Meet The Tens Of Thousands Of Americans Desperate For A Job At Amazon
Today was Amazon Jobs Day, which the company said was “its biggest hiring event of the year” in which it would interview and hire 50,000 full-time and part-time employees in communities all around the country, mostly for vacant warehouse worker positions. The jobs fair is part of Amazon’s pledge to hire 130,000 workers by 2018.
Among the perks listed were the following: Full-time positions include medical benefits starting on day one and tuition pre-payment for high demand careers. Part-time positions include medical benefits that begin after 90 days and tuition pre-payment.
The company said it offers “competitive pay” for full-time workers as well as part-time workers. Wages for the advertised positions range from $11.50 an hour in Tennessee to $13.75 an hour near Amazon’s Seattle headquarters.
Amazon provided the following handy dress code tips for today’s interviews:
- Long hair must be pinned or tied up to a length that does not exceed the top of the shoulder. Beards may not exceed three inches from the face without being tied up or netted
- Extraneous articles hanging from clothing, such as chains or drawstrings, can cause a safety-risk and are prohibited
- We ask guests to wear flat, closed-toe and closed-heel shoes.
- Jewelry that dangles or protrudes from the body may come in contact with machinery and result in a safety hazard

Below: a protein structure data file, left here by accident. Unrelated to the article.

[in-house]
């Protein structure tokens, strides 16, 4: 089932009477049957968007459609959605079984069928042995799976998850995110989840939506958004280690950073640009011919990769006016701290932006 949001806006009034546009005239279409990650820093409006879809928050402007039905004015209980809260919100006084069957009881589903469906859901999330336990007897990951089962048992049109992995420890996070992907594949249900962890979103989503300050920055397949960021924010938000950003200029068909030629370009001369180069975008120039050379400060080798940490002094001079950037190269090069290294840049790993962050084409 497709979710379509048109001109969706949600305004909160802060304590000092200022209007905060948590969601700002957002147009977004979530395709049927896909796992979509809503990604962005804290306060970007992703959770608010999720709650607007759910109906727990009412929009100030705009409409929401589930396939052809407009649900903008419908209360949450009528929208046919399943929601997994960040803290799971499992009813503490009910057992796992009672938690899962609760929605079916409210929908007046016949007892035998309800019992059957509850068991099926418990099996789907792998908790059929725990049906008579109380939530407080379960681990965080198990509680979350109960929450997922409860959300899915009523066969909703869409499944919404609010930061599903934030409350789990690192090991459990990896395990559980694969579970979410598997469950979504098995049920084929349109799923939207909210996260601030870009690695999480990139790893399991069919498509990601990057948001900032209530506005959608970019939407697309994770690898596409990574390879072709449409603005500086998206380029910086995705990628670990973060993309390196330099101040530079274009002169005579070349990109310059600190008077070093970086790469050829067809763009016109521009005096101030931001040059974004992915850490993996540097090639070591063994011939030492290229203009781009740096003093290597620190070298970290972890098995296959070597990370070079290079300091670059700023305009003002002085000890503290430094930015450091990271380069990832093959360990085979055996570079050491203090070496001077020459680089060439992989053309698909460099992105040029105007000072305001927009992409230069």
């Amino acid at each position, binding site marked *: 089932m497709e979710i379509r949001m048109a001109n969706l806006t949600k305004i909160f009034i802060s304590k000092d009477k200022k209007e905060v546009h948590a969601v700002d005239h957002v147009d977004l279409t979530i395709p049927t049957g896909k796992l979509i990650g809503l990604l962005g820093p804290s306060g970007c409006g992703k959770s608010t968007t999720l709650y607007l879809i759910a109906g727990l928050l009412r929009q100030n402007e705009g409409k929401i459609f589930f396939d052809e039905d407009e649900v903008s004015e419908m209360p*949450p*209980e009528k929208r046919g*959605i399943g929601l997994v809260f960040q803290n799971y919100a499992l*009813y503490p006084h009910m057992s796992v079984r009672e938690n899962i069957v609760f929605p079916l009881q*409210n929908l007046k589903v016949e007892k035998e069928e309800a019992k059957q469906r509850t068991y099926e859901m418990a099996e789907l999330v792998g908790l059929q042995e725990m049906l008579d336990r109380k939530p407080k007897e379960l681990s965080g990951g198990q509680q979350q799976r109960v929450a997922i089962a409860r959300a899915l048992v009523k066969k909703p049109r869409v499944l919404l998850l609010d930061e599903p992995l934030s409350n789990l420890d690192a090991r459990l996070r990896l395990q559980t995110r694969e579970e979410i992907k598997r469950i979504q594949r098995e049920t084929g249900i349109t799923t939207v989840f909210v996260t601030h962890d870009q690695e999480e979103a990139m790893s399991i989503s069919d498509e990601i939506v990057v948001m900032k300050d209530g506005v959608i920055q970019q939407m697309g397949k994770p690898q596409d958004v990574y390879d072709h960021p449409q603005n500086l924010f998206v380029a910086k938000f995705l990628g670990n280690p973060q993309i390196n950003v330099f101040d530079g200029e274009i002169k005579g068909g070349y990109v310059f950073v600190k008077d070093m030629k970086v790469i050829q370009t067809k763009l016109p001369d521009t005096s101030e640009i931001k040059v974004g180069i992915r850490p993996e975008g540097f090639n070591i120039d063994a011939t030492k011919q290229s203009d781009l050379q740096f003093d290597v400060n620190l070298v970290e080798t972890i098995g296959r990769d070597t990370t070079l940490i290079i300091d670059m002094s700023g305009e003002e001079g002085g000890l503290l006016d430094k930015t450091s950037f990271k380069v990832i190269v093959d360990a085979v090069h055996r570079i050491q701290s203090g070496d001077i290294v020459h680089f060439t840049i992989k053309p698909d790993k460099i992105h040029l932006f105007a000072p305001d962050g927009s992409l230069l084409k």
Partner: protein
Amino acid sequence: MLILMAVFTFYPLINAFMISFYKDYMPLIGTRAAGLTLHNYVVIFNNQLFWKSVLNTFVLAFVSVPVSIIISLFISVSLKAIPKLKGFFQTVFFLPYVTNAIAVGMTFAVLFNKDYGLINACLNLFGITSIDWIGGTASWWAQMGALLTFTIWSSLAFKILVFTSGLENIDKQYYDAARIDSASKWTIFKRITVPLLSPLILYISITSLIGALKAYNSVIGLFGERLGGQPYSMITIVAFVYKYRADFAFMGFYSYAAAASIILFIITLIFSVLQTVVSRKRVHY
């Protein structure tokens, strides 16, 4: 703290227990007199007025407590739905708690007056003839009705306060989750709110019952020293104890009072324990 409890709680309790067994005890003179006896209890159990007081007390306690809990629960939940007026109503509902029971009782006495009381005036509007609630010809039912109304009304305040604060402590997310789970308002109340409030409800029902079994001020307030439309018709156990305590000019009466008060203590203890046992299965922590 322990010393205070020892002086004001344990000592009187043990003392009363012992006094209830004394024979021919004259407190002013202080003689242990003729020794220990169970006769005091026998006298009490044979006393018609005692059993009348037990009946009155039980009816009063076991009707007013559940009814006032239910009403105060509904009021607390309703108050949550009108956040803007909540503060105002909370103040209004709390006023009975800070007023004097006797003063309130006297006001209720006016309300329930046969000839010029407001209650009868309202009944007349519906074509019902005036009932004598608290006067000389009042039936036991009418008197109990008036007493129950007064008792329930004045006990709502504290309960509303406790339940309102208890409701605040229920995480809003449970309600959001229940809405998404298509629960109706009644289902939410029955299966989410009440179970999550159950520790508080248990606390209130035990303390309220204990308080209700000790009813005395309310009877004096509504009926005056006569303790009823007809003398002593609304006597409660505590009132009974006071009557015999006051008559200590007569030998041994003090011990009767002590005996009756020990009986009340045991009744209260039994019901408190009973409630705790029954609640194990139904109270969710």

In Robbinsville, New Jersey, Morgan Devries, 21, told NBC News she used to work in retail but is now applying for work at Amazon because the industry doesn’t pay well enough. “I work at the airport and they are paying people $12 and under [per hour],” Clarence Williams told NBC News. “People cannot live on that type of wage! If you look at the long line, no one here is making good money.”
Some lucky candidates would be given job offers on the stop: they will pack or sort boxes.
Considering Amazon’s exponential surge in (mostly part-time) employment, today’s countrywide job fair was not surprising.
What was surprising, however, are the long lines of thousands of unemployed people who showed up desperate for even a part-time job across the nation. And yes, as the gentleman says 55 seconds into the clip below, he is “desperate.”
Some more examples, from New Jersey:
— Kristina Behr (@KristinaBehr) August 2, 2017
— Avalon Zoppo (@AvalonZoppo) August 2, 2017
Is this what a “full employment”, according to the Fed, economy looks like?